Spring 2017

Edited by Andrea Spofford | Barry Kitterman | Amy Wright


Intervention Letterthought to Fredrick Banting, Heavy Drinker

Rachel Morgan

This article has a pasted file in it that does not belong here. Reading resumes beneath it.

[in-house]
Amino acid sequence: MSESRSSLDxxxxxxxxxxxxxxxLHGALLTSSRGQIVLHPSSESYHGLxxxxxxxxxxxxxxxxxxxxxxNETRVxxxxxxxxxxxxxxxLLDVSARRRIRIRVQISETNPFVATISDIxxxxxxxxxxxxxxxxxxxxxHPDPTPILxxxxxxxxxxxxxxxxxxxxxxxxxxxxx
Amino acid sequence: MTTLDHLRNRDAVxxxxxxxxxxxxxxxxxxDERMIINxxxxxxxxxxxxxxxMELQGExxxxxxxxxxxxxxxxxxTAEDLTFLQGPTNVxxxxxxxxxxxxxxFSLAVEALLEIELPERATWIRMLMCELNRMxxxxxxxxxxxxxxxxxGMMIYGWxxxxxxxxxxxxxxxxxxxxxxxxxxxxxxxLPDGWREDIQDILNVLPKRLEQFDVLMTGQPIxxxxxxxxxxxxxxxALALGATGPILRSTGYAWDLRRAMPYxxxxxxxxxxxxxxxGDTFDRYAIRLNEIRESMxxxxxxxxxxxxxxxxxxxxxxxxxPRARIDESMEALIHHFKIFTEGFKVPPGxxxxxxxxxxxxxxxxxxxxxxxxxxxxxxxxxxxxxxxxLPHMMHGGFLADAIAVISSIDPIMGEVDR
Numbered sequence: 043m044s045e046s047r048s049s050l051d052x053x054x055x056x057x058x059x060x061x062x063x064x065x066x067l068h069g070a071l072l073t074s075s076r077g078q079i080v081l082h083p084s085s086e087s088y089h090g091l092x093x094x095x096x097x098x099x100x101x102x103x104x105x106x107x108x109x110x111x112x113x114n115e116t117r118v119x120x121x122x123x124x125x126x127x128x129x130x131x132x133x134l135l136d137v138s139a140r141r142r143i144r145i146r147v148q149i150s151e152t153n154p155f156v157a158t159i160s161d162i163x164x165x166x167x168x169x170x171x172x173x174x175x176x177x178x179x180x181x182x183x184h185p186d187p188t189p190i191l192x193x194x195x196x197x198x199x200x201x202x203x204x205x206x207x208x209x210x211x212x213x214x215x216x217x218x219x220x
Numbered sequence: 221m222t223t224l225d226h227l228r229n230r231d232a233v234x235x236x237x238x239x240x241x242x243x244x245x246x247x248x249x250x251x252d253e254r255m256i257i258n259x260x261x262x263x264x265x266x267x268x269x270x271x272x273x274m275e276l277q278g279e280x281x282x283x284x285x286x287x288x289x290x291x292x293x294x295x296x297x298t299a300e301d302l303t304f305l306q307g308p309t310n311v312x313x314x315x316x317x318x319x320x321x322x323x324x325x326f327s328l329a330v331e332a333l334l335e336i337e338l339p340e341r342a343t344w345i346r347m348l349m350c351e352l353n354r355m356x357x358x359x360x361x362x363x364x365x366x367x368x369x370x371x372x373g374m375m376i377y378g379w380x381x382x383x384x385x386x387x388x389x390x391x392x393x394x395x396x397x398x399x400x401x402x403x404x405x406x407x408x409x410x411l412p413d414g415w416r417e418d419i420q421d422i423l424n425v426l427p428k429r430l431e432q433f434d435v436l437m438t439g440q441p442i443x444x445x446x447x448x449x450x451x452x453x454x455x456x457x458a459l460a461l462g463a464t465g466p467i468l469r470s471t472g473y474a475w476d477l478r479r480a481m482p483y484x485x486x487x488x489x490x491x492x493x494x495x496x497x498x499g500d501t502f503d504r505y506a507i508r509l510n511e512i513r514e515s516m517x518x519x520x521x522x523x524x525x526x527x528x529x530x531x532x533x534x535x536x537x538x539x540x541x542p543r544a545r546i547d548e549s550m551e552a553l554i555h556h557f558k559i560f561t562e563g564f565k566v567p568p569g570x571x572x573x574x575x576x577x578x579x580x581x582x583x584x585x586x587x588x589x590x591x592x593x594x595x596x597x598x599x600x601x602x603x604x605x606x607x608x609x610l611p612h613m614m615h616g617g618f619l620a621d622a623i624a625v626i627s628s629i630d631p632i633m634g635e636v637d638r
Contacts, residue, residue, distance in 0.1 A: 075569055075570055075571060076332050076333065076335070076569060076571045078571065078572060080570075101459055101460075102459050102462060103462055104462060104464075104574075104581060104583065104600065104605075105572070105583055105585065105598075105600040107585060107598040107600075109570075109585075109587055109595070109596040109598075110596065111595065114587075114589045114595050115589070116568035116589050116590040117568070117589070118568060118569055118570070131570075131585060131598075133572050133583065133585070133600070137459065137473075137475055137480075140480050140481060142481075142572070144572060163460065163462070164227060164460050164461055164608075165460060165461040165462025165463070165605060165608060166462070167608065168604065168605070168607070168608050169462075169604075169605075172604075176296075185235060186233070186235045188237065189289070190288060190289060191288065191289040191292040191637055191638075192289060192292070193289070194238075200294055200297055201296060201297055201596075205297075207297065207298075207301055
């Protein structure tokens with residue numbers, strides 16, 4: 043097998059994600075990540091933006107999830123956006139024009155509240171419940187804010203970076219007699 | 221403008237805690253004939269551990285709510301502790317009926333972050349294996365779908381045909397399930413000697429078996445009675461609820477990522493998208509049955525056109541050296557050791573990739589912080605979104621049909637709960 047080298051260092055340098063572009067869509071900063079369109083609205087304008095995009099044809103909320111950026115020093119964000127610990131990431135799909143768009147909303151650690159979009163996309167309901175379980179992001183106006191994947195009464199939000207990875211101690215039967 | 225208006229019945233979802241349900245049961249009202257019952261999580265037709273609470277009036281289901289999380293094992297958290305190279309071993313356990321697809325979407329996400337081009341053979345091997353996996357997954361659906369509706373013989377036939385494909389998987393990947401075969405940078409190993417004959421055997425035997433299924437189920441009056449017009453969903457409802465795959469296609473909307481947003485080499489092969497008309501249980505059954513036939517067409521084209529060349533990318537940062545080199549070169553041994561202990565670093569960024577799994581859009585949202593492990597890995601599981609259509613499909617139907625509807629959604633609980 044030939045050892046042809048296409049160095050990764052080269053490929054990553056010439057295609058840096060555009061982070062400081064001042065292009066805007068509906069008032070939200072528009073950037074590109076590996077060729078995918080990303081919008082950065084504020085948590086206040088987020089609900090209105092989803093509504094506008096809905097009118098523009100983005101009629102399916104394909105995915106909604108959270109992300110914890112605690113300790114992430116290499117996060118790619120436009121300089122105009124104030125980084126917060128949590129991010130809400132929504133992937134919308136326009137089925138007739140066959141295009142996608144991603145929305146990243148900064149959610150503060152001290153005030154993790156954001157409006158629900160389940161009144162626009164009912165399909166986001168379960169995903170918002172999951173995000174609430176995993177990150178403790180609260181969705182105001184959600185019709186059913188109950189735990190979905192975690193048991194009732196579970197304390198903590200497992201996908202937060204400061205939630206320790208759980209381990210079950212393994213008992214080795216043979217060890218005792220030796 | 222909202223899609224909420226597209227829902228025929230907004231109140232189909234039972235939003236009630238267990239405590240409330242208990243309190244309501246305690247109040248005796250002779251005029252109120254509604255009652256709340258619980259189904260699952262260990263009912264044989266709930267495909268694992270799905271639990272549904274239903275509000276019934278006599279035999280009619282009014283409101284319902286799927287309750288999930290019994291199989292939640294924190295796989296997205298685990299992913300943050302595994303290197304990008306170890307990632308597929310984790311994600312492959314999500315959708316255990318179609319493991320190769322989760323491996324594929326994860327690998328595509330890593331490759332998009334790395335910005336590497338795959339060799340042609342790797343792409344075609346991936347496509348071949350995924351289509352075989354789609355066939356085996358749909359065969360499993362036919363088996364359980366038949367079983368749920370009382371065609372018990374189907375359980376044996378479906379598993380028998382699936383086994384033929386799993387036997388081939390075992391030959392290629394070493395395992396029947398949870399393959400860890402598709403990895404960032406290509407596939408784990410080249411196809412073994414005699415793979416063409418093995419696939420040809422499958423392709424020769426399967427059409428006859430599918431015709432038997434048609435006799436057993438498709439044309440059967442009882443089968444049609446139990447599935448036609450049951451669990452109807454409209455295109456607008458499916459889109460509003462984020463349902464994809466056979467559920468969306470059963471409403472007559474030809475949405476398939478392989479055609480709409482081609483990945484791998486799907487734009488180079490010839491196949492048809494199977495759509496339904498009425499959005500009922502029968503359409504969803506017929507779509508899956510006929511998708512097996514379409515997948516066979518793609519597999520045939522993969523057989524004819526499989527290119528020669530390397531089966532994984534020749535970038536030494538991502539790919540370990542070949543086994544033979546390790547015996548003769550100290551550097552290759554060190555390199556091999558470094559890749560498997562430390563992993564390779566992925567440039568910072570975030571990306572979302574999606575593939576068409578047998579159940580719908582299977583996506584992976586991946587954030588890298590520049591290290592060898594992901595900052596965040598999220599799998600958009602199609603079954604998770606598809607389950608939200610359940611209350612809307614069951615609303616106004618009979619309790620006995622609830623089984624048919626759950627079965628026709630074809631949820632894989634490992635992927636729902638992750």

The other side of causality is blame. The lake effect cold is early pushing its season, and there’s the 2 a.m. epiphany that confirms everyone’s own suspected genius. The sour gut waking with determination, that knows little of its inheritance, the cocoon thin children on stretchers wheeled like prams, hungry for even a bird’s seed. The other side of blame is not causality. Banting, your actions have hurt no one and someone in the following ways: of a rented room in Ontario (single bed, $1 patent for insulin, floral funeral parlor carpet), of the first months in the lab (bloody apron, spectacles, heat wave); who’s counting how many more if it’s only the next one? There’s a black book full of ideas for experiments. When patient and doctor are equally starving, there’s one treatment option. There’s a room full of comas for parents to mourn. Son of man, can these bones live? Son of man, these bones can live! Son of bone, these men, live. Son, whose bones my bones made live, can live.

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